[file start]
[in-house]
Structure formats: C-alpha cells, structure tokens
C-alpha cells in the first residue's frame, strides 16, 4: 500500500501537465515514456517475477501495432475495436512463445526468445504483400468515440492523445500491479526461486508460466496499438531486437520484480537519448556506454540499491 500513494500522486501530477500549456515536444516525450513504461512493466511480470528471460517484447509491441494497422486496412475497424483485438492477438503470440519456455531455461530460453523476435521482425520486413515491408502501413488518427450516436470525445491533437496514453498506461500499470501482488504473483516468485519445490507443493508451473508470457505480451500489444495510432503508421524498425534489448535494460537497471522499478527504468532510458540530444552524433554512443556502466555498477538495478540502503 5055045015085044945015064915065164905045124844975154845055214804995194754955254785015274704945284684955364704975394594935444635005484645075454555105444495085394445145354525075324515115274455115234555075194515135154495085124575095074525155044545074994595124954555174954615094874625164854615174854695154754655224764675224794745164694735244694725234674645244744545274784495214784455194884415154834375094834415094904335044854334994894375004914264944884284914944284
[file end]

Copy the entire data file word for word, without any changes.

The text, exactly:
[in-house]
Structure formats: C-alpha cells, structure tokens
C-alpha cells in the first residue's frame, strides 16, 4: 500500500501537465515514456517475477501495432475495436512463445526468445504483400468515440492523445500491479526461486508460466496499438531486437520484480537519448556506454540499491 500513494500522486501530477500549456515536444516525450513504461512493466511480470528471460517484447509491441494497422486496412475497424483485438492477438503470440519456455531455461530460453523476435521482425520486413515491408502501413488518427450516436470525445491533437496514453498506461500499470501482488504473483516468485519445490507443493508451473508470457505480451500489444495510432503508421524498425534489448535494460537497471522499478527504468532510458540530444552524433554512443556502466555498477538495478540502503 5055045015085044945015064915065164905045124844975154845055214804995194754955254785015274704945284684955364704975394594935444635005484645075454555105444495085394445145354525075324515115274455115234555075194515135154495085124575095074525155044545074994595124954555174954615094874625164854615174854695154754655224764675224794745164694735244694725234674645244744545274784495214784455194884415154834375094834415094904335044854334994894375004914264944884284914944284